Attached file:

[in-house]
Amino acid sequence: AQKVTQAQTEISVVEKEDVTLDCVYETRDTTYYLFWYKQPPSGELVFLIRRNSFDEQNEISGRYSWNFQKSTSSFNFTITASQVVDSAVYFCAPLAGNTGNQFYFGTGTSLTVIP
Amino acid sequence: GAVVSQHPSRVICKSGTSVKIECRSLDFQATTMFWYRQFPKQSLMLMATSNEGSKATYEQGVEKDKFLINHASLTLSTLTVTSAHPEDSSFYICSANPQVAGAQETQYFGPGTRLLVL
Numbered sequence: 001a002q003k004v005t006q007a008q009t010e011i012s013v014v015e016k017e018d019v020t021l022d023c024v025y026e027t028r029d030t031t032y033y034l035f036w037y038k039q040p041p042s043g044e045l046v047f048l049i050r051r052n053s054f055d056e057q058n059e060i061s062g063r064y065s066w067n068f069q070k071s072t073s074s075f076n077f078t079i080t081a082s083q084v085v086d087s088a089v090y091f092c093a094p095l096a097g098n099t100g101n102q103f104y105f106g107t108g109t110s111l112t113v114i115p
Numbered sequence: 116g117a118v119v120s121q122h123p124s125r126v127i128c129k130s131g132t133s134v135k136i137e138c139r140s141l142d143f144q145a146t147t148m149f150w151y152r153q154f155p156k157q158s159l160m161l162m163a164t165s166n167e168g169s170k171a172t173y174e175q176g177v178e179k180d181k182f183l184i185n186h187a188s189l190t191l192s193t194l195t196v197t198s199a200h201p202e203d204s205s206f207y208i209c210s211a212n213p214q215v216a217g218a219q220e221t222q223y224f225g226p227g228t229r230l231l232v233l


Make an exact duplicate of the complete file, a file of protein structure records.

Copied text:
[in-house]
Amino acid sequence: AQKVTQAQTEISVVEKEDVTLDCVYETRDTTYYLFWYKQPPSGELVFLIRRNSFDEQNEISGRYSWNFQKSTSSFNFTITASQVVDSAVYFCAPLAGNTGNQFYFGTGTSLTVIP
Amino acid sequence: GAVVSQHPSRVICKSGTSVKIECRSLDFQATTMFWYRQFPKQSLMLMATSNEGSKATYEQGVEKDKFLINHASLTLSTLTVTSAHPEDSSFYICSANPQVAGAQETQYFGPGTRLLVL
Numbered sequence: 001a002q003k004v005t006q007a008q009t010e011i012s013v014v015e016k017e018d019v020t021l022d023c024v025y026e027t028r029d030t031t032y033y034l035f036w037y038k039q040p041p042s043g044e045l046v047f048l049i050r051r052n053s054f055d056e057q058n059e060i061s062g063r064y065s066w067n068f069q070k071s072t073s074s075f076n077f078t079i080t081a082s083q084v085v086d087s088a089v090y091f092c093a094p095l096a097g098n099t100g101n102q103f104y105f106g107t108g109t110s111l112t113v114i115p
Numbered sequence: 116g117a118v119v120s121q122h123p124s125r126v127i128c129k130s131g132t133s134v135k136i137e138c139r140s141l142d143f144q145a146t147t148m149f150w151y152r153q154f155p156k157q158s159l160m161l162m163a164t165s166n167e168g169s170k171a172t173y174e175q176g177v178e179k180d181k182f183l184i185n186h187a188s189l190t191l192s193t194l195t196v197t198s199a200h201p202e203d204s205s206f207y208i209c210s211a212n213p214q215v216a217g218a219q220e221t222q223y224f225g226p227g228t229r230l231l232v233l